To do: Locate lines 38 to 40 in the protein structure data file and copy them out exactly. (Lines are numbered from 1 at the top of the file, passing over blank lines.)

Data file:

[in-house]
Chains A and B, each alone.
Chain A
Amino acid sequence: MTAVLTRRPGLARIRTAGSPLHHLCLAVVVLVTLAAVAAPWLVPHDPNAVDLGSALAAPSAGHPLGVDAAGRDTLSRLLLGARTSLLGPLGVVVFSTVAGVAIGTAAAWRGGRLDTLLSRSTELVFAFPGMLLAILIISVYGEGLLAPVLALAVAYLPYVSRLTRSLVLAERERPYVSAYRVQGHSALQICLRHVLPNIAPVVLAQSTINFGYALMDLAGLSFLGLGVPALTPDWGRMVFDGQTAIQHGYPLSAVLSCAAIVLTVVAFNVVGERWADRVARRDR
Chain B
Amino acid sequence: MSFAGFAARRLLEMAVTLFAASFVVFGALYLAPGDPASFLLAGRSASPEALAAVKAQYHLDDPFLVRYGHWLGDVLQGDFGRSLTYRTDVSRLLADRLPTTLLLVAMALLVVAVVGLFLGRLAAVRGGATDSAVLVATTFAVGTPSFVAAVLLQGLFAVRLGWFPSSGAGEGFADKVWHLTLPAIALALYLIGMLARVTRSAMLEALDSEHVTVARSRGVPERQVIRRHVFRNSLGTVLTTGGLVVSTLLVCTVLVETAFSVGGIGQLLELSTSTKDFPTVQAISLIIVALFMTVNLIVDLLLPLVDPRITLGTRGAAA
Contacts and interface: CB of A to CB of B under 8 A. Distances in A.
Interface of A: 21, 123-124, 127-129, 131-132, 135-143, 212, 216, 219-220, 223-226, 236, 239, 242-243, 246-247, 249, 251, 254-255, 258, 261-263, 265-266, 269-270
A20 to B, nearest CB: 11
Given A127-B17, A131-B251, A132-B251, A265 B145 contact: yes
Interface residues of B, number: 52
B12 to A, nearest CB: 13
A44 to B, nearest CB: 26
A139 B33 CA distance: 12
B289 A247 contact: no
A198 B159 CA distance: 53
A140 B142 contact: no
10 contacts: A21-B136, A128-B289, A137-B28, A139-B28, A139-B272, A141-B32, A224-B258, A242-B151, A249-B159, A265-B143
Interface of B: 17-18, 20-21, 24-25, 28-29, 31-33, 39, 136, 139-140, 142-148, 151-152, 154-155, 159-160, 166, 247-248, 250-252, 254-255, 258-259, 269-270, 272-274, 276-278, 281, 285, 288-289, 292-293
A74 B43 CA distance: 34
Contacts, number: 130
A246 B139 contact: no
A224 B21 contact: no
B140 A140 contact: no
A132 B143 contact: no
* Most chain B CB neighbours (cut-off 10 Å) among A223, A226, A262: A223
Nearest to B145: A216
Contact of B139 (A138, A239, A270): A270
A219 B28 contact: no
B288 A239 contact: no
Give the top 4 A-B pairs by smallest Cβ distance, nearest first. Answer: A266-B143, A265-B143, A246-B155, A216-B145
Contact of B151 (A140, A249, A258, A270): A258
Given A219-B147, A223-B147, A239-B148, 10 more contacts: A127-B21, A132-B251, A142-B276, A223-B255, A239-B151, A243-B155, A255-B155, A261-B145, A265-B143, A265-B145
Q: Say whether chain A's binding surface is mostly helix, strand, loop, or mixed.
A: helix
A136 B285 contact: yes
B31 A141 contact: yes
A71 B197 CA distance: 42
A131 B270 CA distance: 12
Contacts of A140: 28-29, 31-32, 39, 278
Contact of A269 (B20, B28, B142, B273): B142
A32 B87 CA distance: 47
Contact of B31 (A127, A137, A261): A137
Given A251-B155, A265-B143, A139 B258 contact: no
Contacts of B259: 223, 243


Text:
A71 B197 CA distance: 42
A131 B270 CA distance: 12
Contacts of A140: 28-29, 31-32, 39, 278